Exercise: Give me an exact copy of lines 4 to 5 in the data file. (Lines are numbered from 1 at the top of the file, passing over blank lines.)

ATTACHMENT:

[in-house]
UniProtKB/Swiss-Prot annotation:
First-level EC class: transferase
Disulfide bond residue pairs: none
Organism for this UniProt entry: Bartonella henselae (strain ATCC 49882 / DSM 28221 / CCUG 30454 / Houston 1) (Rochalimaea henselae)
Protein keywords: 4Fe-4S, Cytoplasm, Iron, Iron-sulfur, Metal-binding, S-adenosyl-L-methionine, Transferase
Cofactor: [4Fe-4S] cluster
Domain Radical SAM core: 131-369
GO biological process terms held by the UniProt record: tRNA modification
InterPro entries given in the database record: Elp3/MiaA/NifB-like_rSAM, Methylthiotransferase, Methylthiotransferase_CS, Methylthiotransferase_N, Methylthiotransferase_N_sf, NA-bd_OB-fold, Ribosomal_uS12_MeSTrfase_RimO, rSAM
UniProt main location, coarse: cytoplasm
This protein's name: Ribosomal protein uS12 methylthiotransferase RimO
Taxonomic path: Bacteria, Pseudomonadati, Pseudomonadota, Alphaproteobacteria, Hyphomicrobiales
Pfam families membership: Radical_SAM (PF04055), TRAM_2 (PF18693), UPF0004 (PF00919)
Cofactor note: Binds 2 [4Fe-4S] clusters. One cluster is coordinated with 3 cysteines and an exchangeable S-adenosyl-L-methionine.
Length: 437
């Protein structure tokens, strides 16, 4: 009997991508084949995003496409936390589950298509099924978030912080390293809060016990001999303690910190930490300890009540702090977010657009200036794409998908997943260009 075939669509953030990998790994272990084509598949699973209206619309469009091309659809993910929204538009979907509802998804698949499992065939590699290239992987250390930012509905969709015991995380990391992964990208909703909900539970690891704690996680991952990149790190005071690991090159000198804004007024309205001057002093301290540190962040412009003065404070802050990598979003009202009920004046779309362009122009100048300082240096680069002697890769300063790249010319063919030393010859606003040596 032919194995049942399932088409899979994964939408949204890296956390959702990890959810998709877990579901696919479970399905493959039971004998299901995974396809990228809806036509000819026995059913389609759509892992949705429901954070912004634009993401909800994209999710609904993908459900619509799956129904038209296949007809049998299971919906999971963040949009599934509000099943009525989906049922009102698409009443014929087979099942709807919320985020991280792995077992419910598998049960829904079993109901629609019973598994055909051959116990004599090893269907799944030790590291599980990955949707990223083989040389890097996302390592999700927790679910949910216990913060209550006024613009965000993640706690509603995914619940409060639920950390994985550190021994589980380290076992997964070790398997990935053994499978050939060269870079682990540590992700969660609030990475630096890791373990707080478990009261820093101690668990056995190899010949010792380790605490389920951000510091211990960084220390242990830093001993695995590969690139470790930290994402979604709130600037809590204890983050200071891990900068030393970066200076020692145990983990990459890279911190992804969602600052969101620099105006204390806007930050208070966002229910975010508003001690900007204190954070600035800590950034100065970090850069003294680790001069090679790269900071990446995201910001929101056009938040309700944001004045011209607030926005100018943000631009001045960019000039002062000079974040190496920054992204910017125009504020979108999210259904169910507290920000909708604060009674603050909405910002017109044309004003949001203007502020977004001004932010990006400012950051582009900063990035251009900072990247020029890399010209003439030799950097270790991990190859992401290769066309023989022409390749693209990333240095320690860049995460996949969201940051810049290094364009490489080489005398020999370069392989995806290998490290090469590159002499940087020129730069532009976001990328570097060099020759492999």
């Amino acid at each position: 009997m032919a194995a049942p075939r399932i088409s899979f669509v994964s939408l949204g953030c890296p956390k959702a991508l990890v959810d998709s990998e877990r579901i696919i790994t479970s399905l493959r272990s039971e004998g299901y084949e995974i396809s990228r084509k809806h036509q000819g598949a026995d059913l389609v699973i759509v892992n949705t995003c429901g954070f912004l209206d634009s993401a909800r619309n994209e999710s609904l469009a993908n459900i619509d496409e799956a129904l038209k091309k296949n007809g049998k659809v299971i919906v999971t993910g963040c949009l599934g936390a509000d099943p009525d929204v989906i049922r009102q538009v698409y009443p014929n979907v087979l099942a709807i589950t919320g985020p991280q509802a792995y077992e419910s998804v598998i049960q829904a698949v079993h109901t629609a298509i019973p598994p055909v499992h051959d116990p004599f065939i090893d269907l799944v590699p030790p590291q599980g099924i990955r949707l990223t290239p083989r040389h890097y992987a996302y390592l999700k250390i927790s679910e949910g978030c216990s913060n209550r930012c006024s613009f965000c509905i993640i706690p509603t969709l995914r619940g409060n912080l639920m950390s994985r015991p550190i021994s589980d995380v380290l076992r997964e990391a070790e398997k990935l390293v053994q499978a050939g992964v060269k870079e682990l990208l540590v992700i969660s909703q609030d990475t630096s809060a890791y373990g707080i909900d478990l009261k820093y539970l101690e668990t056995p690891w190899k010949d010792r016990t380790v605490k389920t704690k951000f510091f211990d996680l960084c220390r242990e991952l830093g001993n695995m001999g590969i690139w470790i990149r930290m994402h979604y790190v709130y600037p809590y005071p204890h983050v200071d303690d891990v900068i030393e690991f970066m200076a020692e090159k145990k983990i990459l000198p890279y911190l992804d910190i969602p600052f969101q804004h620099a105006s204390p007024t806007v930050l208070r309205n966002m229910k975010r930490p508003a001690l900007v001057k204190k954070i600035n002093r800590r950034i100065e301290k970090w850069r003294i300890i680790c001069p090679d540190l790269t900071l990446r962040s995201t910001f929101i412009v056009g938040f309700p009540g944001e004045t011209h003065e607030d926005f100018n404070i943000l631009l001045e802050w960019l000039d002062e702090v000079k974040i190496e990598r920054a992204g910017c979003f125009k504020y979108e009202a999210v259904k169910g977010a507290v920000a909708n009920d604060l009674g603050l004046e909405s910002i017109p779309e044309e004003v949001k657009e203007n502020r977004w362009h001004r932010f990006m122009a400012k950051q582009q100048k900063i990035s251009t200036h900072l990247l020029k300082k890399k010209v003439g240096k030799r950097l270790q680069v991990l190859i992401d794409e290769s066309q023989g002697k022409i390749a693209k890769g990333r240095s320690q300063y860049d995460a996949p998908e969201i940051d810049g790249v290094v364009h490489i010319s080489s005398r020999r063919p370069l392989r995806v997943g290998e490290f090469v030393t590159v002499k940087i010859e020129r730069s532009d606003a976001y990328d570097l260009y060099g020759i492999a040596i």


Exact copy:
Disulfide bond residue pairs: none
Organism for this UniProt entry: Bartonella henselae (strain ATCC 49882 / DSM 28221 / CCUG 30454 / Houston 1) (Rochalimaea henselae)